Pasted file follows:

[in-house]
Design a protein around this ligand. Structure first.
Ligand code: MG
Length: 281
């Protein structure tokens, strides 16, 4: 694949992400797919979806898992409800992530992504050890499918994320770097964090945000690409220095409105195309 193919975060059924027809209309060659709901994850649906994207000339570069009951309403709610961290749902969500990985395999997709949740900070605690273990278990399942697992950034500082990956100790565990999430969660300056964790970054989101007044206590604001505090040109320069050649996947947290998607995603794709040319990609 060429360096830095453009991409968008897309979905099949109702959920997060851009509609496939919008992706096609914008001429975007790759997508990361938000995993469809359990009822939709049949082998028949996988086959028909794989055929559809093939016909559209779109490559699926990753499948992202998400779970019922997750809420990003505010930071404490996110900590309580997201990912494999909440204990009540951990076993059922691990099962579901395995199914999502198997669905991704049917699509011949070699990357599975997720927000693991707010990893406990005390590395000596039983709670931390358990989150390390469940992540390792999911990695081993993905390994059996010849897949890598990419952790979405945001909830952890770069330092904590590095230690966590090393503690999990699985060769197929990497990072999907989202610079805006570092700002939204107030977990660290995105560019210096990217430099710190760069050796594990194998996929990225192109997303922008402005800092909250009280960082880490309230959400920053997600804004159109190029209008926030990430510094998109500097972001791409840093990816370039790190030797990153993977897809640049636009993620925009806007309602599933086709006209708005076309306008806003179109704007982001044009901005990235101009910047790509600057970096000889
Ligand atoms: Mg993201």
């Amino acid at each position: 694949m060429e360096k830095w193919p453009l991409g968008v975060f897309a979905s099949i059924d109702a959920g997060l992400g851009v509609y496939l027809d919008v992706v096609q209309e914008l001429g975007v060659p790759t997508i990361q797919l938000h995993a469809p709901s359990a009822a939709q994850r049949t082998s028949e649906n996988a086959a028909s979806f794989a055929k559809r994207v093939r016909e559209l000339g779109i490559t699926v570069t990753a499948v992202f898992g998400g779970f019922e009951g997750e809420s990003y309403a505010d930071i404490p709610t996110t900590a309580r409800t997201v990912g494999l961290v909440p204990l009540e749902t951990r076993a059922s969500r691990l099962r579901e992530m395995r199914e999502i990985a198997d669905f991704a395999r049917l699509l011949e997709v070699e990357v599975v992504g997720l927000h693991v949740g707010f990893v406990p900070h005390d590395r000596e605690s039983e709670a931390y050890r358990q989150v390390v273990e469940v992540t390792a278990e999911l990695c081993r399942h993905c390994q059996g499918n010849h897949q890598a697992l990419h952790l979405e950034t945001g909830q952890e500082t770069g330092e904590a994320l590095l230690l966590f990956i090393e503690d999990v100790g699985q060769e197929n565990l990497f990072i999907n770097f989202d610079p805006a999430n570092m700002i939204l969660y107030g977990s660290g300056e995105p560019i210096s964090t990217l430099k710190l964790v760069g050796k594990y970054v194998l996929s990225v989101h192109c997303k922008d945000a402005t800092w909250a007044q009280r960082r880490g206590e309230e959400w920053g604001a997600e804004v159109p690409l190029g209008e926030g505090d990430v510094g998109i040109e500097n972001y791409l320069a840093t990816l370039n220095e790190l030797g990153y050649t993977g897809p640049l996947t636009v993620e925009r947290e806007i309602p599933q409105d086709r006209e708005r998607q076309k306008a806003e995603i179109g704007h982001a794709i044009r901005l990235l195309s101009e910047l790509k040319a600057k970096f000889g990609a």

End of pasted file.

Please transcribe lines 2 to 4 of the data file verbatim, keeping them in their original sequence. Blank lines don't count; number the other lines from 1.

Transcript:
Design a protein around this ligand. Structure first.
Ligand code: MG
Length: 281